POLITICO reports that EU elections, scheduled for this May, are thought to present an attractive target for nation-state hacking and influence operations. The US Democratic National Committee has amended its civil complaint against Russia (and others) to include post-midterm hacking attempts.
France's CNIL (Commission nationale de l'informatique et des libertés) has fined Google €50 million over GDPR issues, essentially lack of transparency in user consent, the Telegraph reports. Former Facebook CISO Alex Stamos is interested to see whether GDPR will prove to be more about competition than privacy.
Stamos's point is worth considering, but Ad Exchanger noticed in November that CNIL had warned a small European ad company, Vectaury, about possible violations despite Vectaury's having structured its operations in accordance with the IAB GDPR Transparency and Consent Framework, generally thought a safe guide to compliance.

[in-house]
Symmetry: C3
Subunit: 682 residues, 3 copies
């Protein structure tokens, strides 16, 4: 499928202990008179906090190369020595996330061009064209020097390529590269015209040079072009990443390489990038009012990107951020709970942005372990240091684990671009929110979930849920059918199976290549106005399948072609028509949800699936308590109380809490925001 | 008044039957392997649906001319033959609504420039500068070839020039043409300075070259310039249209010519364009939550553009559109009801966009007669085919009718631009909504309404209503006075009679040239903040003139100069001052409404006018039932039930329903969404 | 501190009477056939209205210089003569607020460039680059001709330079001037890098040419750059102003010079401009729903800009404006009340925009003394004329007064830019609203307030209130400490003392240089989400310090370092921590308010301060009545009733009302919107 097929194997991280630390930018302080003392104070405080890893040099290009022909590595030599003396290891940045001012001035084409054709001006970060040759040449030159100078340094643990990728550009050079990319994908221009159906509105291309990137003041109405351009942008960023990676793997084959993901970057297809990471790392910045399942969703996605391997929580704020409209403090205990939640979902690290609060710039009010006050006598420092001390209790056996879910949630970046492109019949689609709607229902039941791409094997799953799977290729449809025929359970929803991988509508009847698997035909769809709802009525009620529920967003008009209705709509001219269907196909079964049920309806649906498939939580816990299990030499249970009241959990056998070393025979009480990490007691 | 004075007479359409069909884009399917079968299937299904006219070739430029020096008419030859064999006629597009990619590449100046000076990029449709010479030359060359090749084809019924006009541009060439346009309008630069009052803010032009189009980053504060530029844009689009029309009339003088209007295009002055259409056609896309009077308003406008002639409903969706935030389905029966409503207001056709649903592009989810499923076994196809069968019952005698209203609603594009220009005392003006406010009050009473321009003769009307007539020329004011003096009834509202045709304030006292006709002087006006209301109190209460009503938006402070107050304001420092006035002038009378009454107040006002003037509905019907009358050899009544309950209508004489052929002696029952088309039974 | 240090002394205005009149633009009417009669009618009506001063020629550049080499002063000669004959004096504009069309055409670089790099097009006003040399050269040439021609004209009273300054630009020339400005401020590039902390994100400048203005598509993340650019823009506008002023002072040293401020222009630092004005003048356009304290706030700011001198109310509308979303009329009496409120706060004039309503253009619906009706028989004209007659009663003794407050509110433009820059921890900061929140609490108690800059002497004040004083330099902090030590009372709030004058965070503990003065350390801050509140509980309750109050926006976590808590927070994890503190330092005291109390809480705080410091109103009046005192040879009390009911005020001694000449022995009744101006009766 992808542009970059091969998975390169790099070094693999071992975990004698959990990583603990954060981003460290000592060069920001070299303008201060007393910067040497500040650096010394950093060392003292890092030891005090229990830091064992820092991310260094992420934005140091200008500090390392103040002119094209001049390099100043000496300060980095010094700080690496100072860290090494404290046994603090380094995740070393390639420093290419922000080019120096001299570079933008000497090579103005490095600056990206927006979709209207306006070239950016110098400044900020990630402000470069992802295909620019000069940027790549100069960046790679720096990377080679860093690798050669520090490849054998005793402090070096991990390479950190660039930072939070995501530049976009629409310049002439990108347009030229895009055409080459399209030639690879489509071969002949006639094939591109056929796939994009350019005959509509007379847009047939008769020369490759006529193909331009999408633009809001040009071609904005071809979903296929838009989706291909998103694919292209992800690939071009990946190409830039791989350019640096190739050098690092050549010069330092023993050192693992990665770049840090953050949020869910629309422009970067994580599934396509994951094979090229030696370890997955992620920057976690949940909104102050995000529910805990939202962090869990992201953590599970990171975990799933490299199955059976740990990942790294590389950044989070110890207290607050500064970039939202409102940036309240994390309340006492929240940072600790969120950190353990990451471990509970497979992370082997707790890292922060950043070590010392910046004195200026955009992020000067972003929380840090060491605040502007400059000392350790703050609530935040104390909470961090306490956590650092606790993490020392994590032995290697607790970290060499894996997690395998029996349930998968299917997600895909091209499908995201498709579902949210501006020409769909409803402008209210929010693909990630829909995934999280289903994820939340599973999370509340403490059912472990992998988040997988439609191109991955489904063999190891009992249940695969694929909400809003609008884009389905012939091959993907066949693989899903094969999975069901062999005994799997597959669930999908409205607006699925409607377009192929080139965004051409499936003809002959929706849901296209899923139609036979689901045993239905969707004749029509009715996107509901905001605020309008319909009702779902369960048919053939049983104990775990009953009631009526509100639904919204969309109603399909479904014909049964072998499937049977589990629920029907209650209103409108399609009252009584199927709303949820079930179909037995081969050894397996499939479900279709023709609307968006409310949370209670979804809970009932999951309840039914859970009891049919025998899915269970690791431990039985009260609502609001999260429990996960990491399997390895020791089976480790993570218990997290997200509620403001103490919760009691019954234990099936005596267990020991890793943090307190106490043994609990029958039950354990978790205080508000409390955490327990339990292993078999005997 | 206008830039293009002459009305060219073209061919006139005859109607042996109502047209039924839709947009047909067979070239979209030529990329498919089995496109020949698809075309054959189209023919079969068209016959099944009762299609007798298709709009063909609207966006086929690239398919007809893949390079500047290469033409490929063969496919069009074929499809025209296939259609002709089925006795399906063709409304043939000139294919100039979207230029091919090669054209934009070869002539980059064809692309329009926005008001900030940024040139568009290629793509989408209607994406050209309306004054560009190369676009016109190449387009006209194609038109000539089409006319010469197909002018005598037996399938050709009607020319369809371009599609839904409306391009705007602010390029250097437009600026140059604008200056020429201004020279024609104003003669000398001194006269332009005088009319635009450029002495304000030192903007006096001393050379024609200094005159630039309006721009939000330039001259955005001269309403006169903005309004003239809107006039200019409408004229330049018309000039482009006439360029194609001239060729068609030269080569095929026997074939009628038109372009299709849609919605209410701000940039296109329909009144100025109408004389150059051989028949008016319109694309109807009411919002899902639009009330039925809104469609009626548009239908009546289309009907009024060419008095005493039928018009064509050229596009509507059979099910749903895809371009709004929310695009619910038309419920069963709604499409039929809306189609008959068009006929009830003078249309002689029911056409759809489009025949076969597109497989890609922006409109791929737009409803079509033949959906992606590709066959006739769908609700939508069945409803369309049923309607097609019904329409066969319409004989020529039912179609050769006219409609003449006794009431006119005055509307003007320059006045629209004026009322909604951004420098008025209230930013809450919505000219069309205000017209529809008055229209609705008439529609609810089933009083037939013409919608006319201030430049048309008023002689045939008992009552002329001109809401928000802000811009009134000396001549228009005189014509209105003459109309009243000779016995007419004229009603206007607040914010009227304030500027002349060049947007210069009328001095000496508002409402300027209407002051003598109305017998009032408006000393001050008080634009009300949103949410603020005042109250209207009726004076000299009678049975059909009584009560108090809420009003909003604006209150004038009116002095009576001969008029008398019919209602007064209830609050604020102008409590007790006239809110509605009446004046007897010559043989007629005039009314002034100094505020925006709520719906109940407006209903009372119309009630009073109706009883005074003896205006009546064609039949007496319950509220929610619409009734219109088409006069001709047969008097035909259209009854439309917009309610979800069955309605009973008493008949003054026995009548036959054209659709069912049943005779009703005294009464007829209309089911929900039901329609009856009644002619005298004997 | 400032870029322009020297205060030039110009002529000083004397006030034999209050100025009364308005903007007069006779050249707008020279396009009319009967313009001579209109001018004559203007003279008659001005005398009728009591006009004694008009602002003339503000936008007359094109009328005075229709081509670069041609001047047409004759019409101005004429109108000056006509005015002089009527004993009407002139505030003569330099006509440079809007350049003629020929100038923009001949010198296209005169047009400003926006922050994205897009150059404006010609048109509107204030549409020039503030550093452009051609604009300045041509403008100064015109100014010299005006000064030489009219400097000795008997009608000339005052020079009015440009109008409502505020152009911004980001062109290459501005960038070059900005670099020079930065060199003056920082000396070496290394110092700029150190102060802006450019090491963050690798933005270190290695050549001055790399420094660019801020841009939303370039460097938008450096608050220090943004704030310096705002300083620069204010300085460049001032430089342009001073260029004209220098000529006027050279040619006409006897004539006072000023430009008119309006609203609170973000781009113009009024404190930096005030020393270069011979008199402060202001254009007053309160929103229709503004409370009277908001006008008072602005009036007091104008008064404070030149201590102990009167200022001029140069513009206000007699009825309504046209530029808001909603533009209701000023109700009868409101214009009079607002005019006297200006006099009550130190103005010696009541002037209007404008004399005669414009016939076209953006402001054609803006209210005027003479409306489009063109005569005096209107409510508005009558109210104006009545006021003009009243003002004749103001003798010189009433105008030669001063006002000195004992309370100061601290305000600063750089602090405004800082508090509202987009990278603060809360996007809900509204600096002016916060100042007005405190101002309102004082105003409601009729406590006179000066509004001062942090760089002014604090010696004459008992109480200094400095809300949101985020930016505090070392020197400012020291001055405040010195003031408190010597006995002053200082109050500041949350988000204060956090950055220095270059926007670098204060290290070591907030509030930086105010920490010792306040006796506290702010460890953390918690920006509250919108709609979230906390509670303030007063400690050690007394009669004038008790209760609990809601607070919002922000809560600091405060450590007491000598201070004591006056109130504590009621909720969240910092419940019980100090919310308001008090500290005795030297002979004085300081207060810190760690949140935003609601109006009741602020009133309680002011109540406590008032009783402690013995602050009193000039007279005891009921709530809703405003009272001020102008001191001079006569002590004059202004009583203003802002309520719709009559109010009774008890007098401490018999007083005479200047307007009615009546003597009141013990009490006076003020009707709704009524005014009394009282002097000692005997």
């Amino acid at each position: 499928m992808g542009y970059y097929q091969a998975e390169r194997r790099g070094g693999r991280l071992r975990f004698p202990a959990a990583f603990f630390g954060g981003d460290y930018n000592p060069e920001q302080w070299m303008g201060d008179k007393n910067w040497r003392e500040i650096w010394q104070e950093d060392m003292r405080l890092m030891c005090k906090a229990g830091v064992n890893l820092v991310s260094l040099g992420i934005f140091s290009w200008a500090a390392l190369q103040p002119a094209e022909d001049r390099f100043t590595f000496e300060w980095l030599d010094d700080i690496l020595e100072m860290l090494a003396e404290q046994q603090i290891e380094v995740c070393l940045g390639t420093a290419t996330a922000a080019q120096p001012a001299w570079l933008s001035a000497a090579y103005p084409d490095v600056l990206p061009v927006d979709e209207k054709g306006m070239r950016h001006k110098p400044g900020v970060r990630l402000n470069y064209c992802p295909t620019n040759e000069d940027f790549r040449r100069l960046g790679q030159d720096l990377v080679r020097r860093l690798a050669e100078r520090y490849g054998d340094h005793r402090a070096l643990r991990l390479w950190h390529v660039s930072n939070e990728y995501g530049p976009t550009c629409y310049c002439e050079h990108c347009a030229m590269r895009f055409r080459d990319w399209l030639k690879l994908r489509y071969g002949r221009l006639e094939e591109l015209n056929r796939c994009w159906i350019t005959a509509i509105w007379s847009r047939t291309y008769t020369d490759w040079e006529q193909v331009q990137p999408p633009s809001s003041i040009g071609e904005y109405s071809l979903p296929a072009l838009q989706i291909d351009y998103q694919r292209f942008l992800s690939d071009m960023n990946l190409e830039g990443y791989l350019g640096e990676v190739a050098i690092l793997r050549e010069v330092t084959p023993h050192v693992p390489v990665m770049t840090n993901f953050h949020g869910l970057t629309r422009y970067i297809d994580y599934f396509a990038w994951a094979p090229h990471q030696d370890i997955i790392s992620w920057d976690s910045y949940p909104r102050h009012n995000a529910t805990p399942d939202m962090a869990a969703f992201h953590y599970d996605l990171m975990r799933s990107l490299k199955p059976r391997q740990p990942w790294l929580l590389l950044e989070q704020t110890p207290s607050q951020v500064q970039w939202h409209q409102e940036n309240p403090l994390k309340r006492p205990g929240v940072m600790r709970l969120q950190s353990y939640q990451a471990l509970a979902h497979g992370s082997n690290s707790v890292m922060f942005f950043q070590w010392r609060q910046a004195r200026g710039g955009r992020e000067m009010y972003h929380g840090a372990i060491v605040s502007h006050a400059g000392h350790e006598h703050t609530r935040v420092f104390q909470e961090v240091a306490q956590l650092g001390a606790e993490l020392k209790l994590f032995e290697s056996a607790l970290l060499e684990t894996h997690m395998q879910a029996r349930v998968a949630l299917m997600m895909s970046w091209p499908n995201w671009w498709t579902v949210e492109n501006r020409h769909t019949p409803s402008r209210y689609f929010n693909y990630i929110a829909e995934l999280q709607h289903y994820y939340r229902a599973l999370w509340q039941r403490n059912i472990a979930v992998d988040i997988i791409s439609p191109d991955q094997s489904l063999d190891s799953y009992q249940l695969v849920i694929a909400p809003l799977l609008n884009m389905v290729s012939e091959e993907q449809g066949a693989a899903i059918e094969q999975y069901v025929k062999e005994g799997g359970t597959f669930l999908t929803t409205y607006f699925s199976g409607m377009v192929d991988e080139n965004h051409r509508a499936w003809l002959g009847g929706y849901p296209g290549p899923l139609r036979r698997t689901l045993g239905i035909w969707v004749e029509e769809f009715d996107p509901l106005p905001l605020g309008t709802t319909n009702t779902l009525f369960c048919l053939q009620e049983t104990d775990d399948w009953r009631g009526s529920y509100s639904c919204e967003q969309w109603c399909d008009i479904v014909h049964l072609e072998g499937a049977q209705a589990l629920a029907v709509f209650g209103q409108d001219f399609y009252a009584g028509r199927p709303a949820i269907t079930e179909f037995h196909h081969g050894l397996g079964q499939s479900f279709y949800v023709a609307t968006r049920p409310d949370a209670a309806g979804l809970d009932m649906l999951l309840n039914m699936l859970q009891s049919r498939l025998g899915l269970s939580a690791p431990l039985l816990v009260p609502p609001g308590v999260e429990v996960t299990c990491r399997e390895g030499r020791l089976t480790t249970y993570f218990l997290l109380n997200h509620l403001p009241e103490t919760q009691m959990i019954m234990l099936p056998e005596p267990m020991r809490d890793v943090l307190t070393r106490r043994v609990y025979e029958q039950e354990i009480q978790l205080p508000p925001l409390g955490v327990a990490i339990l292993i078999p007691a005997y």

Russian censorship authority Roskomnadzor has opened an administrative enforcement action against Facebook and Twitter, the Wall Street Journal reports. The communications agency says the two social networks haven't complied with requirements that data on Russian citizens be stored in Russia.
SecurityWeek notes that Facebook may be set for a large fine in the US: the Federal Trade Commission is said to be preparing an enforcement action against the company for privacy failings related to the Cambridge Analytica scandal.
The Washington Post has new details on Russia's arrest of Paul Whelan on espionage charges. He is said to have been passed a USB drive containing secret information. Whether he knew that's what he'd received remains unclear.